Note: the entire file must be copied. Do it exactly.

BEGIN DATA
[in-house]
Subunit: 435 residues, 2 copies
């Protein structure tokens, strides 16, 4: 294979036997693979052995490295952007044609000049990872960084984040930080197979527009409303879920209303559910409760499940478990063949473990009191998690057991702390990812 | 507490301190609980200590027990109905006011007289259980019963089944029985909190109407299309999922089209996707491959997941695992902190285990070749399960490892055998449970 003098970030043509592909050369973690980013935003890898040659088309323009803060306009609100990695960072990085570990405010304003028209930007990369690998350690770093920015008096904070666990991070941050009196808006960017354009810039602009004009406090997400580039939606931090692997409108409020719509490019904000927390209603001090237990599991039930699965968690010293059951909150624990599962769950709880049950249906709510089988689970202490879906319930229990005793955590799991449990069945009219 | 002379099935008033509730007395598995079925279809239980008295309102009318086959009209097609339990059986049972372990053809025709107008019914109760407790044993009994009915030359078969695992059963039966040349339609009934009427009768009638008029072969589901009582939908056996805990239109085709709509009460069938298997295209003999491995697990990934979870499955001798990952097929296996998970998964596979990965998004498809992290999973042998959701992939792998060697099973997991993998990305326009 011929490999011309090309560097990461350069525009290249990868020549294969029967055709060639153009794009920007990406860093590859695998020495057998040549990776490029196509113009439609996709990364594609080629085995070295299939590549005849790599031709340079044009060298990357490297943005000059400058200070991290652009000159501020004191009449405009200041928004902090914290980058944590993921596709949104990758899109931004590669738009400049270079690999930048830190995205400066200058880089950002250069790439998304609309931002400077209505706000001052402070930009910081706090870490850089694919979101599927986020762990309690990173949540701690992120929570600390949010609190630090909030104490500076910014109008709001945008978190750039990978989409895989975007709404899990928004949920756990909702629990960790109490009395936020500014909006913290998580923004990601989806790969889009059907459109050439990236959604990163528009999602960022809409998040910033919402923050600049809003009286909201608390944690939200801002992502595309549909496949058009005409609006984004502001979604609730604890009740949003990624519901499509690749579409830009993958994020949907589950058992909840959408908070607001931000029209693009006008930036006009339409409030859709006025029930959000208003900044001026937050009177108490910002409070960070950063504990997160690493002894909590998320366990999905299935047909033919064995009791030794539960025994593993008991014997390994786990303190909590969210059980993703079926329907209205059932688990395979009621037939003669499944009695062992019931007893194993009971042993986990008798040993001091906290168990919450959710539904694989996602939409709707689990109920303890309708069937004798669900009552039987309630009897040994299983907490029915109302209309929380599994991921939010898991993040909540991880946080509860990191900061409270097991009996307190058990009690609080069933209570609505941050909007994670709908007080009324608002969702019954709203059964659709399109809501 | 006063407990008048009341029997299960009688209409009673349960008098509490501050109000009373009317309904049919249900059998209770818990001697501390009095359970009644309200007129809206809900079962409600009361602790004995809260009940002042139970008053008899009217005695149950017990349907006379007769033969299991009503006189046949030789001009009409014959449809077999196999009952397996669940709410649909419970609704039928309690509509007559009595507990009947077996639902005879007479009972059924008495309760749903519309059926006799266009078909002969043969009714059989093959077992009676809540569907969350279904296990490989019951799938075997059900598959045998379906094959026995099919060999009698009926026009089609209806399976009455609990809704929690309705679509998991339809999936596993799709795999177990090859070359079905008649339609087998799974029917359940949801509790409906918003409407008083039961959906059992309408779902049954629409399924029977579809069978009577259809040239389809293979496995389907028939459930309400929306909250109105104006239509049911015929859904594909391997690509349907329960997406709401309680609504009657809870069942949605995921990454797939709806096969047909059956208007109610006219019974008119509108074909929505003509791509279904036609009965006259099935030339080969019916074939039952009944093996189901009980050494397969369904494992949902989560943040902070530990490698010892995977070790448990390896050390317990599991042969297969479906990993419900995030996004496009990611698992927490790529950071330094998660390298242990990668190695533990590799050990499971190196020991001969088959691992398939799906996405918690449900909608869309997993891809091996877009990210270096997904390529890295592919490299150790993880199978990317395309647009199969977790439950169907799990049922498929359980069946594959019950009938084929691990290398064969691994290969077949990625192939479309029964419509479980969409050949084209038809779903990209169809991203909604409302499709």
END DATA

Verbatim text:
[in-house]
Subunit: 435 residues, 2 copies
């Protein structure tokens, strides 16, 4: 294979036997693979052995490295952007044609000049990872960084984040930080197979527009409303879920209303559910409760499940478990063949473990009191998690057991702390990812 | 507490301190609980200590027990109905006011007289259980019963089944029985909190109407299309999922089209996707491959997941695992902190285990070749399960490892055998449970 003098970030043509592909050369973690980013935003890898040659088309323009803060306009609100990695960072990085570990405010304003028209930007990369690998350690770093920015008096904070666990991070941050009196808006960017354009810039602009004009406090997400580039939606931090692997409108409020719509490019904000927390209603001090237990599991039930699965968690010293059951909150624990599962769950709880049950249906709510089988689970202490879906319930229990005793955590799991449990069945009219 | 002379099935008033509730007395598995079925279809239980008295309102009318086959009209097609339990059986049972372990053809025709107008019914109760407790044993009994009915030359078969695992059963039966040349339609009934009427009768009638008029072969589901009582939908056996805990239109085709709509009460069938298997295209003999491995697990990934979870499955001798990952097929296996998970998964596979990965998004498809992290999973042998959701992939792998060697099973997991993998990305326009 011929490999011309090309560097990461350069525009290249990868020549294969029967055709060639153009794009920007990406860093590859695998020495057998040549990776490029196509113009439609996709990364594609080629085995070295299939590549005849790599031709340079044009060298990357490297943005000059400058200070991290652009000159501020004191009449405009200041928004902090914290980058944590993921596709949104990758899109931004590669738009400049270079690999930048830190995205400066200058880089950002250069790439998304609309931002400077209505706000001052402070930009910081706090870490850089694919979101599927986020762990309690990173949540701690992120929570600390949010609190630090909030104490500076910014109008709001945008978190750039990978989409895989975007709404899990928004949920756990909702629990960790109490009395936020500014909006913290998580923004990601989806790969889009059907459109050439990236959604990163528009999602960022809409998040910033919402923050600049809003009286909201608390944690939200801002992502595309549909496949058009005409609006984004502001979604609730604890009740949003990624519901499509690749579409830009993958994020949907589950058992909840959408908070607001931000029209693009006008930036006009339409409030859709006025029930959000208003900044001026937050009177108490910002409070960070950063504990997160690493002894909590998320366990999905299935047909033919064995009791030794539960025994593993008991014997390994786990303190909590969210059980993703079926329907209205059932688990395979009621037939003669499944009695062992019931007893194993009971042993986990008798040993001091906290168990919450959710539904694989996602939409709707689990109920303890309708069937004798669900009552039987309630009897040994299983907490029915109302209309929380599994991921939010898991993040909540991880946080509860990191900061409270097991009996307190058990009690609080069933209570609505941050909007994670709908007080009324608002969702019954709203059964659709399109809501 | 006063407990008048009341029997299960009688209409009673349960008098509490501050109000009373009317309904049919249900059998209770818990001697501390009095359970009644309200007129809206809900079962409600009361602790004995809260009940002042139970008053008899009217005695149950017990349907006379007769033969299991009503006189046949030789001009009409014959449809077999196999009952397996669940709410649909419970609704039928309690509509007559009595507990009947077996639902005879007479009972059924008495309760749903519309059926006799266009078909002969043969009714059989093959077992009676809540569907969350279904296990490989019951799938075997059900598959045998379906094959026995099919060999009698009926026009089609209806399976009455609990809704929690309705679509998991339809999936596993799709795999177990090859070359079905008649339609087998799974029917359940949801509790409906918003409407008083039961959906059992309408779902049954629409399924029977579809069978009577259809040239389809293979496995389907028939459930309400929306909250109105104006239509049911015929859904594909391997690509349907329960997406709401309680609504009657809870069942949605995921990454797939709806096969047909059956208007109610006219019974008119509108074909929505003509791509279904036609009965006259099935030339080969019916074939039952009944093996189901009980050494397969369904494992949902989560943040902070530990490698010892995977070790448990390896050390317990599991042969297969479906990993419900995030996004496009990611698992927490790529950071330094998660390298242990990668190695533990590799050990499971190196020991001969088959691992398939799906996405918690449900909608869309997993891809091996877009990210270096997904390529890295592919490299150790993880199978990317395309647009199969977790439950169907799990049922498929359980069946594959019950009938084929691990290398064969691994290969077949990625192939479309029964419509479980969409050949084209038809779903990209169809991203909604409302499709």